Higher Degree by Research thesis students
Interactive guide: Copyright for HDR students
See our step by step guide to assist students in meeting copyright obligations associated with a Higher Degree by Research thesis.
Student copyright obligations are set out in the following forms submitted as part of the HDR process.
- Copyright and Release of Thesis for Examination. Students are required to acknowledge they understand and have met their copyright obligations prior to submitting their thesis for examination.
- Submission of Digital Thesis. Students are required to declare they have met their copyright obligations, specifically with regard to publishing their thesis in espace, Curtin’s Institutional Repository.
In summary the student is stating:
- Their thesis does not contain any copyright infringing content;
- They have obtained permission, where necessary, from the copyright owner to use any third-party copyright material reproduced in their thesis;
- They have obtained permission from the copyright owner to use any of their own published work, where the copyright is held by another party (publisher, co-author).
Under Curtin’s Intellectual Property Policy and Procedures students own the copyright in their thesis.
Copying material while researching
For material in the public domain or when permission is expressly provided, such as content licenced under Creative Commons, a student may copy the whole work.
Reproducing copyright material in a thesis
HDR students are strongly encouraged to consider what third-party copyright material they plan to include in their thesis at the commencement of the research process. Before reusing copyright material in a thesis, a student must determine if they need to obtain written permission from the copyright owner.
Students are recommended to allow plenty of time to seek and obtain permission from copyright owners.
Students are required to retain and reproduce all copyright permissions as an appendix to their thesis.
Material that does not require further permission to reuse:
- Brief quotations from a publication, properly acknowledged and referenced.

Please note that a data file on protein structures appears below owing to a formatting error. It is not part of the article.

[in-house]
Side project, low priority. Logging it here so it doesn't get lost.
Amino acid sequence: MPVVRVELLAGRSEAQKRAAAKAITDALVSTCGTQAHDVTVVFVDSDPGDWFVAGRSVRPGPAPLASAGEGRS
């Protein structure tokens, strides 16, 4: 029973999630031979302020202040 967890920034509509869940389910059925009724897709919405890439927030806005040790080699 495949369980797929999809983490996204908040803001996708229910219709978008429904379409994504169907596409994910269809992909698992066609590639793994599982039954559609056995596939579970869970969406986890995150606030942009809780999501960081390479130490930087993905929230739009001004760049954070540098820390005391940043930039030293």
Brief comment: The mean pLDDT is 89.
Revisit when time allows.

- Short extracts of text and occasional use of images where these are the subject of critical commentary or analysis in the thesis. This use is permitted under the Fair Dealing provision for criticism or review in the Copyright Act.
- Curtin material where the University owns the copyright and it is not confidential or sensitive information.
- Public Domain material.
- Open licence material e.g. content licensed under Creative Commons. Abide by any terms attached to the licence.
Material that generally requires further permission to reuse:
- Text, images, photographs, artwork, screen captures of software applications, etc. not expressly contextualised within criticism or review.
- Commercial products such as journal articles and surveys/questionnaires that are protected by licence agreements. Publishers may impose a charge for use of content.
- Company reports, market research or industry analysis.
- Material not publicly available such as letters or unpublished manuscripts.
- Student’s own previously published content. Refer to special considerations for hybrid thesis and thesis by publication below.
Please note the Fair Dealing provision for research and study does cover the reuse of a reasonable portion of copyright material during the thesis examination process.
However, the Fair Dealing provision for research and study does not cover reuse of copyright material in espace, Curtin’s Institutional Repository. Depositing a thesis into espace changes a student’s purpose of use from research and study to communication and dissemination. The thesis content will be publically available through the online repository.
This means a student will need to obtain permission to include copyright material in the version of their thesis deposited in espace.
Please note many websites allow copying limited amounts of material for non-commercial or educational purposes. Keep in mind that just because content is free to read or view on the internet, it does not mean it is free to copy without permission.
If terms and conditions are unclear about whether you can use the material, you will need to obtain written permission from the copyright holder.
Increasingly commercial publishers direct requests for permission to third-party online web forms provided by Copyright Clearance Center’s Rights Link service.
These forms are generally accessed via a permissions link located on the journal article or book chapter webpage.
If requesting permission via RightLinks ensure the type of use is specified as ‘post in an institutional repository’ for inclusion in espace.
Permisssions request template
The general copyright permission request template provides guidance on the type of information to include when approaching a copyright holder directly for permission.